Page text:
Unconscious though we may be of the fact, these manifestations are of the essence of true religion and surely betoken a revival of its spirit in the hearts of men. Seriousness is the first step in any movement toward the spiritual goal and seriousness is what we have attained. Humility and reverence are the conditions of drawing near to God as pride and frivolity are those which make approach to Him impossible.

Perhaps there is to be observed small evidence as yet of any great increase in the observance of religious rites and practices. Perhaps the attendance at the Sunday services of the Church is yet far from being satisfactory. It may well be that many of those who are unselfishly devoting themselves to the various philanthropic objects which war conditions have created have not yet felt the need of seeking the great source of spiritual inspiration and strength in the worship of the Church and at its altars. Nevertheless the ground is surely being prepared for a revival of true religion and the signs of such revival are not lacking. Our people are welcoming in greater numbers the opportunities offered on weekdays for special prayer and intercession. Churches that are open daily for private devotion note an increase in those thus using them. Congregations if not larger than formerly show a spirit of greater seriousness and

seem to welcome sermons which deal definitely with the fundamental themes of religion. What is known as "doctrinal preaching" commonly regarded as distasteful to the average church goer is listened to with apparent interest. If in most quarters sermons dealing directly with the war are deprecated on the ground that this topic absorbs the attention of the readers of newspapers and periodicals almost to the exclusion of every other subject there is yet a disposition to grant a respectful hearing to the preacher who can draw an appropriate moral lesson from it or show its bearing upon the religious and spiritual life.

The fear expressed by many that the charitable and missionary work of the Church is liable to be hampered by the call for contributions coming from innumerable quarters connected with the necessities of the war seems to be unfounded. On the contrary there are signs that the financial needs of the Church will not be ignored, but rather be provided for in abounding measure. People are forming the habit of giving in these days and the Church will share in the benefit.

Above all it would appear that many to-day are learning as never before something of the power of prayer. The instinct to seek out God in times of trouble is almost universal. In the hurry of life and when all goes well with us, God is apt to be forgotten or at most approached in a purely conventional way. But when the need is pressing and man comes to realize his own helplessness in the presence of gigantic forces which he cannot control, he is prone to turn to God for comfort and reassurance., "In my prosperity I said I shall never be removed." That is the assertion of presumption, of one who deems he has a prescriptive right to benefits. "Thou didst turn Thy face from me and I was troubled." That is the acknowledgment of man's helplessness apart from God. "Then cried I unto my Lord and gat me to my God right humbly." That is a plea for succor made under the spur of dire necessity. Doubtless there are multitudes who in these days of distress anl uncertainty have been brought to their knees, who otherwise would have continued to go their heedless way unmindful of God and ungrateful for all the blessings they enjoy.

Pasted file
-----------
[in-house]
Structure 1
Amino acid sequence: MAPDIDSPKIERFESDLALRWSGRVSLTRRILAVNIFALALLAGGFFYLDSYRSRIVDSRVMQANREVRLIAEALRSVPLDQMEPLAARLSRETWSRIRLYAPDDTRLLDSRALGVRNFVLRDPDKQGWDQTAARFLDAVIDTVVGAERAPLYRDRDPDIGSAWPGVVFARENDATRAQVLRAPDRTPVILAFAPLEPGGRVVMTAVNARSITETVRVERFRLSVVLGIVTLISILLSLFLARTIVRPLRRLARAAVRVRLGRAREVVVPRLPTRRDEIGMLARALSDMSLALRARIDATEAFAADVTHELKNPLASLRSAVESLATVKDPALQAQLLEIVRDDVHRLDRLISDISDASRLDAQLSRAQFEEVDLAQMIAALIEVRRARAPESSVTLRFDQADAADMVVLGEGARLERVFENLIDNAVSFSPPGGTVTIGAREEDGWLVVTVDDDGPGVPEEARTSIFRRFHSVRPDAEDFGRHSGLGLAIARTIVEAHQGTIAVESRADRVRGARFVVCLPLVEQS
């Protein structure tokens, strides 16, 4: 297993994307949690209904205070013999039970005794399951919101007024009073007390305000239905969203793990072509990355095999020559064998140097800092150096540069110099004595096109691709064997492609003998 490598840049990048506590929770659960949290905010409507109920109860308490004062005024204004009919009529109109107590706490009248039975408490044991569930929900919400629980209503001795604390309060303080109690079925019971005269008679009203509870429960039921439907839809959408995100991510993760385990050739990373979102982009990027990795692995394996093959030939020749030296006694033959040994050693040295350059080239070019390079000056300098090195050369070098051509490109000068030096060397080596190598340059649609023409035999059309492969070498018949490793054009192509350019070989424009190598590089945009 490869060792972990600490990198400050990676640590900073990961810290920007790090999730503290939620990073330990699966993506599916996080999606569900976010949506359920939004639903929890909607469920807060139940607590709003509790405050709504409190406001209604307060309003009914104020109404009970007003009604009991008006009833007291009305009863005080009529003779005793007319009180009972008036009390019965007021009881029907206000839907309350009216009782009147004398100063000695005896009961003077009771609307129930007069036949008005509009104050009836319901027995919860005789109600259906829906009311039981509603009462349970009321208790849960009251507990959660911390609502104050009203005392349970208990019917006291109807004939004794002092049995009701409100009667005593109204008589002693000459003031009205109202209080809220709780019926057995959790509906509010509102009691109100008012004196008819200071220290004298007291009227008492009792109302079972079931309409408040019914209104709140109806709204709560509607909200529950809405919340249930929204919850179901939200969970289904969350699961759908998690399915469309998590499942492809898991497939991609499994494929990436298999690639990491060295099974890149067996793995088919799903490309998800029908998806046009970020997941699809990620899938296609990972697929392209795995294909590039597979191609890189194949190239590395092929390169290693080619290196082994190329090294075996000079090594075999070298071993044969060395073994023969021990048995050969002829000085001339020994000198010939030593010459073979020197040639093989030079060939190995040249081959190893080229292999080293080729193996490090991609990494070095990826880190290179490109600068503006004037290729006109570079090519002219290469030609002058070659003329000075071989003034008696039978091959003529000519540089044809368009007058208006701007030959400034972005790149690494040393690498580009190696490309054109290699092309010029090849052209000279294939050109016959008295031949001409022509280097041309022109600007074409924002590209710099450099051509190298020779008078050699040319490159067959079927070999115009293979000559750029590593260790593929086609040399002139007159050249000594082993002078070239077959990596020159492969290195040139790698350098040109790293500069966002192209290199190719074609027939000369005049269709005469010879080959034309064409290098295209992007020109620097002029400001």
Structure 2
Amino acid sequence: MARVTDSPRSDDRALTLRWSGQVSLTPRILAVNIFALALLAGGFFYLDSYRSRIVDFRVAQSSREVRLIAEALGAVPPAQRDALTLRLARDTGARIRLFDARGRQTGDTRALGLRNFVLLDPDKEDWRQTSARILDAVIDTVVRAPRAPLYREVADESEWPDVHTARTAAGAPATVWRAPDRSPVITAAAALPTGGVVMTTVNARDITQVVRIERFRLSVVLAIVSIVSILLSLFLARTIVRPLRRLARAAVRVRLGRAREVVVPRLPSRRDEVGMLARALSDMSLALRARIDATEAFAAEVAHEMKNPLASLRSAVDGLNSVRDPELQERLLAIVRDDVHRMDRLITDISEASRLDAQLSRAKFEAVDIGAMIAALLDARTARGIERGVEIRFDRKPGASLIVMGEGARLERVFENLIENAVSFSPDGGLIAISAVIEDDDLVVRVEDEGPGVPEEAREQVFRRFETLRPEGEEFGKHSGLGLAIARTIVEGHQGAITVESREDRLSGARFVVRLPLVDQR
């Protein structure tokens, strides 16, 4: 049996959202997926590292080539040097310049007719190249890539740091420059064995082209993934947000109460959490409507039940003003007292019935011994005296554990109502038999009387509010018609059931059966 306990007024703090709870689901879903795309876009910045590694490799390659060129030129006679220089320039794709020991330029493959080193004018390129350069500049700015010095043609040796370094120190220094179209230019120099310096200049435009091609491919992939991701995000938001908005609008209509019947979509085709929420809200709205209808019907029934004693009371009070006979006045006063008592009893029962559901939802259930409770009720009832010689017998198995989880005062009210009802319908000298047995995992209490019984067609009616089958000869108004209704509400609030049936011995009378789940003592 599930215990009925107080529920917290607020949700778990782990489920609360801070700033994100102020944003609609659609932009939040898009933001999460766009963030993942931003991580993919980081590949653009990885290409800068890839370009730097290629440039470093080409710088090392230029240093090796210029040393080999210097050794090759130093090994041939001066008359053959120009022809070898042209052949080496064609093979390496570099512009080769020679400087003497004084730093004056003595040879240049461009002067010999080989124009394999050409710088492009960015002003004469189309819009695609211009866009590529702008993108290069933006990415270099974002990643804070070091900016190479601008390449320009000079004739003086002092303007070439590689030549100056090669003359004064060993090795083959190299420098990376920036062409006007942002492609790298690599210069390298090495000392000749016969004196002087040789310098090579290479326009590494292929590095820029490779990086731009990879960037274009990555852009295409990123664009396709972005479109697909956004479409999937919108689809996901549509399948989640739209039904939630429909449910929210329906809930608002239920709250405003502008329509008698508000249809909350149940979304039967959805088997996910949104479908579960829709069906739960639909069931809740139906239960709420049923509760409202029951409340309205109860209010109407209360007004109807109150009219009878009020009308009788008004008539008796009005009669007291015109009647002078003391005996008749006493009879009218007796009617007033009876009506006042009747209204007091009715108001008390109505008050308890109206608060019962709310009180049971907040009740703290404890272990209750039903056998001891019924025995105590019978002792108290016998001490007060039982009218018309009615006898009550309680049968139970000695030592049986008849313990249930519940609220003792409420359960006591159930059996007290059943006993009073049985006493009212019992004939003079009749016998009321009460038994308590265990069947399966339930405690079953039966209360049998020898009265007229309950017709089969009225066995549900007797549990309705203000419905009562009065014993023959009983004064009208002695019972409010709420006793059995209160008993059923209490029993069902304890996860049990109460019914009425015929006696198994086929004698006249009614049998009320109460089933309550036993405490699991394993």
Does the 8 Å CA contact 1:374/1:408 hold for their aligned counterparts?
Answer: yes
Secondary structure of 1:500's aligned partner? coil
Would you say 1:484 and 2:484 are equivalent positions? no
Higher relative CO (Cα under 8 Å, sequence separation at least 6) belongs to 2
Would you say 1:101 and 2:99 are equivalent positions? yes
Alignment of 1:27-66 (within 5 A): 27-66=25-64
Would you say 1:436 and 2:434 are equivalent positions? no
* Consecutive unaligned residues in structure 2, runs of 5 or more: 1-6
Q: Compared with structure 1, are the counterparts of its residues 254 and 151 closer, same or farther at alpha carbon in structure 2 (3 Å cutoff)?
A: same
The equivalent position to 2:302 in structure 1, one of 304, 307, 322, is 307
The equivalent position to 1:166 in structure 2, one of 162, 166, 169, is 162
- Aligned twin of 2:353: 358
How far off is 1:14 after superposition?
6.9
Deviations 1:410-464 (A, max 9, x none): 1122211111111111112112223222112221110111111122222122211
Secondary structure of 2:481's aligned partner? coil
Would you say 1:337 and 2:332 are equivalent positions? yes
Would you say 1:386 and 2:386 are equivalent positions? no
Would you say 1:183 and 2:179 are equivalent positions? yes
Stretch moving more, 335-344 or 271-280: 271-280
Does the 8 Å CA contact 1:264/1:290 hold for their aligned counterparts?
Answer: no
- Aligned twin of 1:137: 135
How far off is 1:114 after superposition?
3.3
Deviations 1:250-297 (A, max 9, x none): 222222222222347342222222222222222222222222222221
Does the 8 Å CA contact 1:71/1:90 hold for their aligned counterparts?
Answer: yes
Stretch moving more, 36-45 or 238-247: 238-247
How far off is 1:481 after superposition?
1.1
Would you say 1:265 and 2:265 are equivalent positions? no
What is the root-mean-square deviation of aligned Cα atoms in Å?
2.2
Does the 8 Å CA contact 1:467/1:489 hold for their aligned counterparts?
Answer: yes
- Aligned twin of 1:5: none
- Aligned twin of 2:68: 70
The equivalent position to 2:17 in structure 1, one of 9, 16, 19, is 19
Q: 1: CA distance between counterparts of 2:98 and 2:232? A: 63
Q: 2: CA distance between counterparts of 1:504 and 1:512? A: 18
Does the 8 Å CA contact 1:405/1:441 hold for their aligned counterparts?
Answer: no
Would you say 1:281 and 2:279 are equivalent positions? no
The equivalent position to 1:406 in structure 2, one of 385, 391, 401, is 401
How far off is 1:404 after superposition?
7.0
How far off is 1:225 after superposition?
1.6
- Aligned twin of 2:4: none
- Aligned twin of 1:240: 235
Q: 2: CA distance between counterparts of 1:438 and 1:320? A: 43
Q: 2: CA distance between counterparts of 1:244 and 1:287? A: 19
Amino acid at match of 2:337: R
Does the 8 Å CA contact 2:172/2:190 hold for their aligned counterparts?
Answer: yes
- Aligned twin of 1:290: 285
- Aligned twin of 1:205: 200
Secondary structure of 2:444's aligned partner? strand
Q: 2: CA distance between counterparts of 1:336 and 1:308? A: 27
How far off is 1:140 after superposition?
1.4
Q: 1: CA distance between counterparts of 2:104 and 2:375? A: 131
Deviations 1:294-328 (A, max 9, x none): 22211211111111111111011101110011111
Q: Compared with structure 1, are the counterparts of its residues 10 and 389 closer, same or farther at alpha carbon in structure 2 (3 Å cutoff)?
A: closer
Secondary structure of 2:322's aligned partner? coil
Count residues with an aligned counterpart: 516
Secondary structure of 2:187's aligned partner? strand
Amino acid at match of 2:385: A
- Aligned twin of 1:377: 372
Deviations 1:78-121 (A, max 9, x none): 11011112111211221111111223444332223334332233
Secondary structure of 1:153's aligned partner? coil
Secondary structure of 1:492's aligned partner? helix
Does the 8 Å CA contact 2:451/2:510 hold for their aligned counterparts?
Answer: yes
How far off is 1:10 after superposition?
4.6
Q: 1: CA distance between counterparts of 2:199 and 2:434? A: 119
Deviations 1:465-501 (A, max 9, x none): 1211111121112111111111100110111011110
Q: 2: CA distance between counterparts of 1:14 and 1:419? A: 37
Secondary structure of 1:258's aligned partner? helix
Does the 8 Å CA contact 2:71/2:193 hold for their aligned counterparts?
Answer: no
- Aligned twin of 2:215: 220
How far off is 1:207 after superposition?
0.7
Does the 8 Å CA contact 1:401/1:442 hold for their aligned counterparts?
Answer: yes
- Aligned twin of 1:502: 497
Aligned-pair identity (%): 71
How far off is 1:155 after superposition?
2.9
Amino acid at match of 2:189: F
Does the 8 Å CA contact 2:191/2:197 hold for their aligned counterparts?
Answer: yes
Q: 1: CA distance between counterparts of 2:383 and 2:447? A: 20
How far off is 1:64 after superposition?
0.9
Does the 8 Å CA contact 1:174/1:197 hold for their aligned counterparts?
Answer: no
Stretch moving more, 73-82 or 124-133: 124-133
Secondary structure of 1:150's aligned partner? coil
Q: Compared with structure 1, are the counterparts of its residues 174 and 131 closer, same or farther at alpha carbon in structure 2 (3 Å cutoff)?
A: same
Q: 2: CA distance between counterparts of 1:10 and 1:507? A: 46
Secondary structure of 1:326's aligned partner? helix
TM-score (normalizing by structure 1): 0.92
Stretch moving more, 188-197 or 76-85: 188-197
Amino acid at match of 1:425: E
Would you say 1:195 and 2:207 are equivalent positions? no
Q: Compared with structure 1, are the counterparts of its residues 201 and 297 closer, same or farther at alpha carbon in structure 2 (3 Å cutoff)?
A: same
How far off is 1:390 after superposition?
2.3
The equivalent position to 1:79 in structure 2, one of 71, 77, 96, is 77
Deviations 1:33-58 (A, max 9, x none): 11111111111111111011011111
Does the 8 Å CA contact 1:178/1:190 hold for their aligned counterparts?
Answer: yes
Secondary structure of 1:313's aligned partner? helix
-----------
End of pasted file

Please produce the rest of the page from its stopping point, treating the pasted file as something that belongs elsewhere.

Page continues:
The purposes of God are fulfilled in many ways. He is ever seeking out the souls of men, ever contriving to draw them to Himself. Love reveals itself under many strange forms. The bitter as well as the sweet has its place in the divine plan. If out of the misery of this war shall emerge a world chastened by suffering, led into righteous ways by the stern rod of divine discipline, purified in the fierce fires of affliction, who will venure to reproach the Almighty for not preventing the catastrophe, which, though it has filled the earth with anguish unspeakable, will yet have been the occasion of a vast renewal of spiritual life? "The fierceness of man," exclaims the Psalmist, "shall turn to Thy praise." Yes, even out of this terrible war Christians believe ample compensation will come. Already some of the spiritual gains are apparent and as time goes on we shall doubtless recognize many more.

Hamilton Schuyler.


Christian Perfection

A Meditation


"Blessed are those that are perfect 1 in their way,
Who walk in the law of the LORD." Ps. 119:1.

What is meant by a Christ is the ideal and

HE recurrence of Saints' Days turns our thoughts ever and anon to the ideal of saintliness. saint? What is it to be a saint? pattern of sainthood; He is our great High Priest who has established divine righteousness, and by His one sacrifice upon the cross has taken away sin. Our Lord says of Himself: "I am Alpha and Omega, the First and the Last, the Beginning and the End." The two letters of the Greek alphabet Alpha and Omega comprise all that comes between them. So there are two letters in the Hebrew alphabet, Aleph, the first, and Tau, the last; and they include all that comes between them. The first stands for the light of dawn; for the word light in Hebrew begins with the first

1 See Revised Version in loc.